Hundreds of thousands of government workers are about to retire, and we're nowhere near ready to replace them. Can Obama's agenda survive if no one's around to implement it?

As pundits exult over the latest Obama administration appointments--Hillary Clinton! Robert Gates! Bill Richardson!--short shrift has been given to a much larger group of federal employees who will play a critical role in the new presidency. Political appointees come and go, but the 1.8 million civil servants who spend their careers in the federal government are forever--at least until recently. Almost half that workforce could leave government by 2012, leaving the new administration scrambling to keep basic services running, much less implementing major new initiatives.

Obama’s election represents a new generation in the White House, but he’ll take office to find a far larger generational transition happening under his feet. By the end of his first term in office, the Office of Personnel Management, the independent agency that oversees the federal workforce, estimates 707,750 federal workers, many of them Baby Boomers, will be eligible to retire. The Partnership for Public Service, a leading government management non-profit, estimates that 530,000 of those employees, many of them in high-level positions, actually will leave government. In 2016, fully a million civil will eligible to retire. Between 2002 and 2006, the number of federal employees retiring annually rose from 30,300 a year to 45,000 a year: that rate could rise to 106,000 people annually.

Many of the people who will walk out the door work in so-called mission critical occupations, the jobs that are essential to the functioning of their agencies. The Partnership estimates that 36 percent of the Senior Executive Service, the highest-level career civil servants who oversee major government initiatives, will retire by 2012. So will 27 percent of employee supervisors and 20 percent of civilian workers at the Defense Department.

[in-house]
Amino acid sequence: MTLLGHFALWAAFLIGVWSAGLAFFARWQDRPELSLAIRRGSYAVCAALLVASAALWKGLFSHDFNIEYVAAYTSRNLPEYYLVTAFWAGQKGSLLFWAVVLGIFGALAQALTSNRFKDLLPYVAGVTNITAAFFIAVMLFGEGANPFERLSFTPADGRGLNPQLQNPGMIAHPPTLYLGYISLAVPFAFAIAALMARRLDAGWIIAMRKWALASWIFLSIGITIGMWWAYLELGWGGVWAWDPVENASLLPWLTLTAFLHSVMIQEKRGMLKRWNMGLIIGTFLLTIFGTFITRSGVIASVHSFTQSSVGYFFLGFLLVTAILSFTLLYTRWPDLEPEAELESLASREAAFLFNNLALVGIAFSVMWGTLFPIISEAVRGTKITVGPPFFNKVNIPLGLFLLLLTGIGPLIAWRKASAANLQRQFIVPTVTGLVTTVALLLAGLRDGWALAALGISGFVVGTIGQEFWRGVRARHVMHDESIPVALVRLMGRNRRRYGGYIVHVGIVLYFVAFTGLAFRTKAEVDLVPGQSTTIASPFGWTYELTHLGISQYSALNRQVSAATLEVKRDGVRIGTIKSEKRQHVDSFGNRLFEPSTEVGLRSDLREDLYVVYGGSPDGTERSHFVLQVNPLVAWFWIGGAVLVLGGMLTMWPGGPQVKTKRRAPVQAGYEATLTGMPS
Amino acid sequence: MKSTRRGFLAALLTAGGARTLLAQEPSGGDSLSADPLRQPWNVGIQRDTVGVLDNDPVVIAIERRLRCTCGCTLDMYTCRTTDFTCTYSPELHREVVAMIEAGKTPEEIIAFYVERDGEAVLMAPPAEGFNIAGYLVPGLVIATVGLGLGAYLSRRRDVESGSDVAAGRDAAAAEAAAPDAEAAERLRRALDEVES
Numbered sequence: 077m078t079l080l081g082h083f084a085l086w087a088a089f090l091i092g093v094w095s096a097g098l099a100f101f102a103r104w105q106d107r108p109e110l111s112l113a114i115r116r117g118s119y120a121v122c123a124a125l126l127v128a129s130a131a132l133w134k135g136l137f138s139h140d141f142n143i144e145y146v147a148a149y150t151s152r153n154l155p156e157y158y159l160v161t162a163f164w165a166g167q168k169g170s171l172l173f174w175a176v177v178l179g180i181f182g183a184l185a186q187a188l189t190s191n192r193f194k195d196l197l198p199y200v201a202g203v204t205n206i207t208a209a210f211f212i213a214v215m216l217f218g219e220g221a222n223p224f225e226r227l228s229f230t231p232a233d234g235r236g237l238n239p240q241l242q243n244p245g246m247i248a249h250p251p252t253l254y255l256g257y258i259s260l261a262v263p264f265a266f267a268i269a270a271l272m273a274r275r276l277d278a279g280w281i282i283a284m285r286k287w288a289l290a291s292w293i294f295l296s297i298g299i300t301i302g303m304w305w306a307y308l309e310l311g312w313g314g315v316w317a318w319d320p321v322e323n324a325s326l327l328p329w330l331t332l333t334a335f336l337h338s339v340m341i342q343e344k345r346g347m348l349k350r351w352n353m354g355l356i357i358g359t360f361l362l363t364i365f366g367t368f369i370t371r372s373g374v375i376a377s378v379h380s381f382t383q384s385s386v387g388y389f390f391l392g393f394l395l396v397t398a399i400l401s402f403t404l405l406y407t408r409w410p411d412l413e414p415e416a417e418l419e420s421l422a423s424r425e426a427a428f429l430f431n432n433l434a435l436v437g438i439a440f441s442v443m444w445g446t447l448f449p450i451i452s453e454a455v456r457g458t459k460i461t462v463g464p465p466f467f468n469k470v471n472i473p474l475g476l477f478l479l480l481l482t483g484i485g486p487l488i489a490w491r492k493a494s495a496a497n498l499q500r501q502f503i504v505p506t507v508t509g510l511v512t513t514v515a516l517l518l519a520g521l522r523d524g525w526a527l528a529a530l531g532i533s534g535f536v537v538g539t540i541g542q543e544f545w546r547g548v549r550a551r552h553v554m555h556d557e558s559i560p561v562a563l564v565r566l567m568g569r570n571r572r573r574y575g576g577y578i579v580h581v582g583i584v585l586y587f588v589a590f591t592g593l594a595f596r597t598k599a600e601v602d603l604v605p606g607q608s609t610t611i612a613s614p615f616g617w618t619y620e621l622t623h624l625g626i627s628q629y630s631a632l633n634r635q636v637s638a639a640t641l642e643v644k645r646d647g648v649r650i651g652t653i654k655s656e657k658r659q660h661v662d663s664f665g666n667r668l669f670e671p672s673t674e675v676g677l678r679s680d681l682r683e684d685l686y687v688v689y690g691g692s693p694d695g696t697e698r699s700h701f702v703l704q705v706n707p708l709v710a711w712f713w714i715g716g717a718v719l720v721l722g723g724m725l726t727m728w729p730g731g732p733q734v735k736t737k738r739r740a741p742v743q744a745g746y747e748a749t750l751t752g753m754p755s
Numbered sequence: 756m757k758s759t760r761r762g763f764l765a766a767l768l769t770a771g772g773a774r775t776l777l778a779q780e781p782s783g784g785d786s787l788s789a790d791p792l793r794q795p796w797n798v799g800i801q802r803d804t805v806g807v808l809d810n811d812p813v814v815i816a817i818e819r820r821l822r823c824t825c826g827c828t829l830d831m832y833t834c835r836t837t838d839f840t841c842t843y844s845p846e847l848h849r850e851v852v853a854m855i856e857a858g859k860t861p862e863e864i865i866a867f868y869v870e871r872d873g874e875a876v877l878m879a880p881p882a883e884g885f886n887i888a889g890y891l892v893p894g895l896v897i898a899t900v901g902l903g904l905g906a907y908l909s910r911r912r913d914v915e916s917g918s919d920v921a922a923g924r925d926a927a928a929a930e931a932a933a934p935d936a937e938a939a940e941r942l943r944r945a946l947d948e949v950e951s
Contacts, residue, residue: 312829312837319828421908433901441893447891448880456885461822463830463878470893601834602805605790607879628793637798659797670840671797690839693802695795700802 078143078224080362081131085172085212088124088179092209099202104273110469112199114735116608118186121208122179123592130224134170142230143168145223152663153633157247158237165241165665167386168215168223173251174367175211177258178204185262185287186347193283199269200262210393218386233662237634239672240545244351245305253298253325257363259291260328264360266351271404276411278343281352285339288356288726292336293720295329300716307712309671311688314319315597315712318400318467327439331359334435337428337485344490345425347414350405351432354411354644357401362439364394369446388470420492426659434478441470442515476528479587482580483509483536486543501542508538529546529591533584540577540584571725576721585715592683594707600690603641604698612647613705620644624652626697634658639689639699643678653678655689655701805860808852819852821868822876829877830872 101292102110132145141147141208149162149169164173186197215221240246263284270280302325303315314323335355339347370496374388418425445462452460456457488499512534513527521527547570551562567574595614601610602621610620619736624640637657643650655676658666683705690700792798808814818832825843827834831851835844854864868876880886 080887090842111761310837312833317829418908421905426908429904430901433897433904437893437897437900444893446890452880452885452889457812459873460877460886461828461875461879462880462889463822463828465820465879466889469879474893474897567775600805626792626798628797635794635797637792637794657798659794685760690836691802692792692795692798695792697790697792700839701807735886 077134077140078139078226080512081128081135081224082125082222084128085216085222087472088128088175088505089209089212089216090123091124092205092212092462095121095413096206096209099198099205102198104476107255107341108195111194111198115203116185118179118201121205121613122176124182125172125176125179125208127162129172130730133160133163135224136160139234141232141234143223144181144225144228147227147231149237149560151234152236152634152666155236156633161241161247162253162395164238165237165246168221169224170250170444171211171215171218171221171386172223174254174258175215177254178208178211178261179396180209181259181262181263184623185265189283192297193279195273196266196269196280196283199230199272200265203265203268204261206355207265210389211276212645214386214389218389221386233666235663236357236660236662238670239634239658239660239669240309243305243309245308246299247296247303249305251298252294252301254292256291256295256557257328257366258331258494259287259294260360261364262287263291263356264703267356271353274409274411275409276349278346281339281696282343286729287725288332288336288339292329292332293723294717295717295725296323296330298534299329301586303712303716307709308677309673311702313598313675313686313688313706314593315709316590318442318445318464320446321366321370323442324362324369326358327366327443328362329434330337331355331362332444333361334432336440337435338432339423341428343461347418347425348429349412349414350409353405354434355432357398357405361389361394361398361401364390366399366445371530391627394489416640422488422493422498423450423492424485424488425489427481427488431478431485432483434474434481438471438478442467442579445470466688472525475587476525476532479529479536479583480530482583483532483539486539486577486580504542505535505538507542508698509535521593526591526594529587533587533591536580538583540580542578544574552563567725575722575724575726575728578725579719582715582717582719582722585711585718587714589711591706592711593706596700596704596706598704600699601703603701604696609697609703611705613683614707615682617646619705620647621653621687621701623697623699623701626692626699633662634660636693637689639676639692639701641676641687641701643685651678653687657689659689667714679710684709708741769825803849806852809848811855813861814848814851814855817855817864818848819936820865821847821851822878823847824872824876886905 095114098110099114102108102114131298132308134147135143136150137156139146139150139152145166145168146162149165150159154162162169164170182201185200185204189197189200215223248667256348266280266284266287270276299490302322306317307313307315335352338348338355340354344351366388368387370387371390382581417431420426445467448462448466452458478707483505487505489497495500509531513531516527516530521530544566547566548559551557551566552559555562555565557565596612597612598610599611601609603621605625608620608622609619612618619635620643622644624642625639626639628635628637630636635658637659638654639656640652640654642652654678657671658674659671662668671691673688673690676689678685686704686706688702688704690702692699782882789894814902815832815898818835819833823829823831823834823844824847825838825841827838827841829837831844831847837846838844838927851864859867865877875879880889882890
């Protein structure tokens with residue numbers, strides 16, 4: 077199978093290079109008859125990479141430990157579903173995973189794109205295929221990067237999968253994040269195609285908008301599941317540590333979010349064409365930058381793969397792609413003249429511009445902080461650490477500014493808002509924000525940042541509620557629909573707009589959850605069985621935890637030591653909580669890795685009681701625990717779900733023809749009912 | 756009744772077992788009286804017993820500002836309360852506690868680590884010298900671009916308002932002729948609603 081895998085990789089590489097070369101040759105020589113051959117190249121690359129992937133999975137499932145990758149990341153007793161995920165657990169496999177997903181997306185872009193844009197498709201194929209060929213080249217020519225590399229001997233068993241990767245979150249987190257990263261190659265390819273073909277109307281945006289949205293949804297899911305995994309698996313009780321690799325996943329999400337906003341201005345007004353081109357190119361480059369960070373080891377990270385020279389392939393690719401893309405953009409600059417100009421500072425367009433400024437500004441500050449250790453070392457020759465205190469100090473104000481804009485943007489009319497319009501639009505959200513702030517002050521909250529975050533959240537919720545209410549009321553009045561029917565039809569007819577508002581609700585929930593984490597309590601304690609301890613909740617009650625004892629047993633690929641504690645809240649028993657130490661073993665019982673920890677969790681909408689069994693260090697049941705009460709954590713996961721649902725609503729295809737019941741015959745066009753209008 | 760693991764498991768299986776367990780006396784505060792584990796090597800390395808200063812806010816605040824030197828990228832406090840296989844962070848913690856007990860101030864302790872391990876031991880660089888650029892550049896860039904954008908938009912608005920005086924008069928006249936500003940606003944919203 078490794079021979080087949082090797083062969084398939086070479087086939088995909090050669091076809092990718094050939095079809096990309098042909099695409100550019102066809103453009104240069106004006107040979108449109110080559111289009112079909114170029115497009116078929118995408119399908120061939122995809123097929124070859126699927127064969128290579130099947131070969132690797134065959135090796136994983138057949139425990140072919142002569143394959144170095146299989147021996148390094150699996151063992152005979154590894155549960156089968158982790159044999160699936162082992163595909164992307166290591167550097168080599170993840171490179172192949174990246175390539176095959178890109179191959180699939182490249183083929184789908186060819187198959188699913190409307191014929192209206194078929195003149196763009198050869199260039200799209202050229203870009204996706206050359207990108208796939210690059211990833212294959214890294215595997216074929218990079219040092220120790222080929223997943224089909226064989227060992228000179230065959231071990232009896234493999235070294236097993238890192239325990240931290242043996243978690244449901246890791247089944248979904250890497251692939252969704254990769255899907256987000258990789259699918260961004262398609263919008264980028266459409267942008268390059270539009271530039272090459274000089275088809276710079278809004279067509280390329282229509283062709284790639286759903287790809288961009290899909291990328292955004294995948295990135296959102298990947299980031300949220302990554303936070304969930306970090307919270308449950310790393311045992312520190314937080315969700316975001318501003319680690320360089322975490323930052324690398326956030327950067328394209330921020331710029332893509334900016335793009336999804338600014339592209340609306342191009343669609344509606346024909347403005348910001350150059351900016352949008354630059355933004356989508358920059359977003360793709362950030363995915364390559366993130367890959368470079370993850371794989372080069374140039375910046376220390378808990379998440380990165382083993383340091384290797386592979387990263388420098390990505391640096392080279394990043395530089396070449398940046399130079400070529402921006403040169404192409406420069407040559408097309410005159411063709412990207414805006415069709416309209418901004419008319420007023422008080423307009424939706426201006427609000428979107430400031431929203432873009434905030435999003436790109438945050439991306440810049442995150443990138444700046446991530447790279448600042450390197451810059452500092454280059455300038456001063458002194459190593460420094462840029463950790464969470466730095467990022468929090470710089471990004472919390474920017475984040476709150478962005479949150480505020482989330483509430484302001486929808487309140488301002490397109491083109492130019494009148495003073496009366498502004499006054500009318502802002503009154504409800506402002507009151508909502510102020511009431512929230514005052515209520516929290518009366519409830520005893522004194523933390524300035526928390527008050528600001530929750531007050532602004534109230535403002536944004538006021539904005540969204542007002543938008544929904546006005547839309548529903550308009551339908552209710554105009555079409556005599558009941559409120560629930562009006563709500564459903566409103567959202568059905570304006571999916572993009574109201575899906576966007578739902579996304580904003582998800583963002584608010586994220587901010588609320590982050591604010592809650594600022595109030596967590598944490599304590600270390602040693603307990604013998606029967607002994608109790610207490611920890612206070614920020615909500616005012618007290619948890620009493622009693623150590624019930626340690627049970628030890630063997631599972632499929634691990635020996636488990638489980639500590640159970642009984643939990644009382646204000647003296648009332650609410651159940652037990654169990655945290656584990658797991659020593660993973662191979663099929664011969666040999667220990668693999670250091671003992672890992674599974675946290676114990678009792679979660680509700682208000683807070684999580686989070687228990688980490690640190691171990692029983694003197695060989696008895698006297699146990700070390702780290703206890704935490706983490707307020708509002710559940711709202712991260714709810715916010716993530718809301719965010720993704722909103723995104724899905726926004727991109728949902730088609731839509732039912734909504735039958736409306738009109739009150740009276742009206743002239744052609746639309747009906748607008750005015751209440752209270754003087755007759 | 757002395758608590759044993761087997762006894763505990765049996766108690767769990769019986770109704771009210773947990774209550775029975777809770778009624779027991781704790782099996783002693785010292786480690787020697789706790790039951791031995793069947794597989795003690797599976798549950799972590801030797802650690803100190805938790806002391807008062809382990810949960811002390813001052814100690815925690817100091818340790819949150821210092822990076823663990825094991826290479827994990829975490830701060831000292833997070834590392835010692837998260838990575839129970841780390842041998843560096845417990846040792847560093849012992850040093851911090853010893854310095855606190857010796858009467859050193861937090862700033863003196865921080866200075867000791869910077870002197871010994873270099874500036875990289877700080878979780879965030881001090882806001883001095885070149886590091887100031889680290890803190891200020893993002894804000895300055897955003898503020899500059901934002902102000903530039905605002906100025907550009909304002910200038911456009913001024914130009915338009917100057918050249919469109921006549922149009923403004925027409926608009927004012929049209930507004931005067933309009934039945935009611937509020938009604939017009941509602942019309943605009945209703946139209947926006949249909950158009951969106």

These retirements might not be a problem if there was a new generation of federal managers and executives ready to move into the vacancies that are about to open up. But there aren’t. In the early 1990’s, President Clinton froze hiring at some agencies and cut staffing at others, effectively gutting the federal government’s farm team. Today, to replace the employees who are departing, the federal government has to attract Generation Xers who are ready to manage and to lead. But they’ll be competing with the private sector for a limited resource. There are only 49.1 million Gen-Xers to replace the 76.7 million Baby Boomers who are retiring. The average federal salary was 23 percent lower than the average comparable private-sector salary in 2007, and federal agencies take longer than private companies to hire new employees.

Of course, for Obama’s agenda to get off the ground, a functioning civil service is imperative. Take the bailout: “Even if you charge [civil servants] only with housekeeping, there still has to be enough of them to handle it,” Paul Light, the Paulette Goddard Professor of Public Service at New York University, told National Journal in October. “One thousand people would be a reasonable total number, but it could run to 1,500.” The Treasury Department can’t just shift a thousand employees to staff the bailout. The department is already overstretched in some areas--the Internal Revenue Service, for example, is using private tax collectors to supplement its workforce. And yet, Treasury doesn’t have specific job listings for the bailout up on the government’s official employment website, two months after the Emergency Economic Stabilization Act became law. At the moment, the department is collecting résumés, but it’s not clear what--if any--jobs the department is considering applicants for. As of November 21, the Office of Financial Stability told the Government Accountability Office that it had 48 employees working on the bailout, only five of whom were new, full-time hires.